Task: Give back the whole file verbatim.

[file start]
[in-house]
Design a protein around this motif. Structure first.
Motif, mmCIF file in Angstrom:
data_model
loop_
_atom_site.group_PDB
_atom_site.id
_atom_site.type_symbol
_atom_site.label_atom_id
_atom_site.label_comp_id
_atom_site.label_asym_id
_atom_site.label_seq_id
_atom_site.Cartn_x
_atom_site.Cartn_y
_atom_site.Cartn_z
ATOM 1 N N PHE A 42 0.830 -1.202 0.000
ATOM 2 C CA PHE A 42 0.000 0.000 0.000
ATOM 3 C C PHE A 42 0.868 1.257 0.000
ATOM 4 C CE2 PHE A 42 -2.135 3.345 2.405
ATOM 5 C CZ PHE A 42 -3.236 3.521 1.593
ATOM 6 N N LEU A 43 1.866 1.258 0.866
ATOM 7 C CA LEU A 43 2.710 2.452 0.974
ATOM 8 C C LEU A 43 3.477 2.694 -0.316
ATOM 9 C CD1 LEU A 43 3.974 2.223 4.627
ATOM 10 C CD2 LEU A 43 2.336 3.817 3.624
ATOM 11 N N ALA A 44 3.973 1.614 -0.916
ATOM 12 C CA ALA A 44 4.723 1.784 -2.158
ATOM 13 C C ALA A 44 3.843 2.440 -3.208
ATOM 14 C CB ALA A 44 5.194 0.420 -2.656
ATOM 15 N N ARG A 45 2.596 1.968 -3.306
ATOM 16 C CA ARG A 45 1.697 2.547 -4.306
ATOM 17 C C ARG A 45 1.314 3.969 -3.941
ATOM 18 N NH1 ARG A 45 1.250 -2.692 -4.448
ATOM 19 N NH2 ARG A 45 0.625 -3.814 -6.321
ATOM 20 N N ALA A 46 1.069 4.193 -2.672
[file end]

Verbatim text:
[in-house]
Design a protein around this motif. Structure first.
Motif, mmCIF file in Angstrom:
data_model
loop_
_atom_site.group_PDB
_atom_site.id
_atom_site.type_symbol
_atom_site.label_atom_id
_atom_site.label_comp_id
_atom_site.label_asym_id
_atom_site.label_seq_id
_atom_site.Cartn_x
_atom_site.Cartn_y
_atom_site.Cartn_z
ATOM 1 N N PHE A 42 0.830 -1.202 0.000
ATOM 2 C CA PHE A 42 0.000 0.000 0.000
ATOM 3 C C PHE A 42 0.868 1.257 0.000
ATOM 4 C CE2 PHE A 42 -2.135 3.345 2.405
ATOM 5 C CZ PHE A 42 -3.236 3.521 1.593
ATOM 6 N N LEU A 43 1.866 1.258 0.866
ATOM 7 C CA LEU A 43 2.710 2.452 0.974
ATOM 8 C C LEU A 43 3.477 2.694 -0.316
ATOM 9 C CD1 LEU A 43 3.974 2.223 4.627
ATOM 10 C CD2 LEU A 43 2.336 3.817 3.624
ATOM 11 N N ALA A 44 3.973 1.614 -0.916
ATOM 12 C CA ALA A 44 4.723 1.784 -2.158
ATOM 13 C C ALA A 44 3.843 2.440 -3.208
ATOM 14 C CB ALA A 44 5.194 0.420 -2.656
ATOM 15 N N ARG A 45 2.596 1.968 -3.306
ATOM 16 C CA ARG A 45 1.697 2.547 -4.306
ATOM 17 C C ARG A 45 1.314 3.969 -3.941
ATOM 18 N NH1 ARG A 45 1.250 -2.692 -4.448
ATOM 19 N NH2 ARG A 45 0.625 -3.814 -6.321
ATOM 20 N N ALA A 46 1.069 4.193 -2.672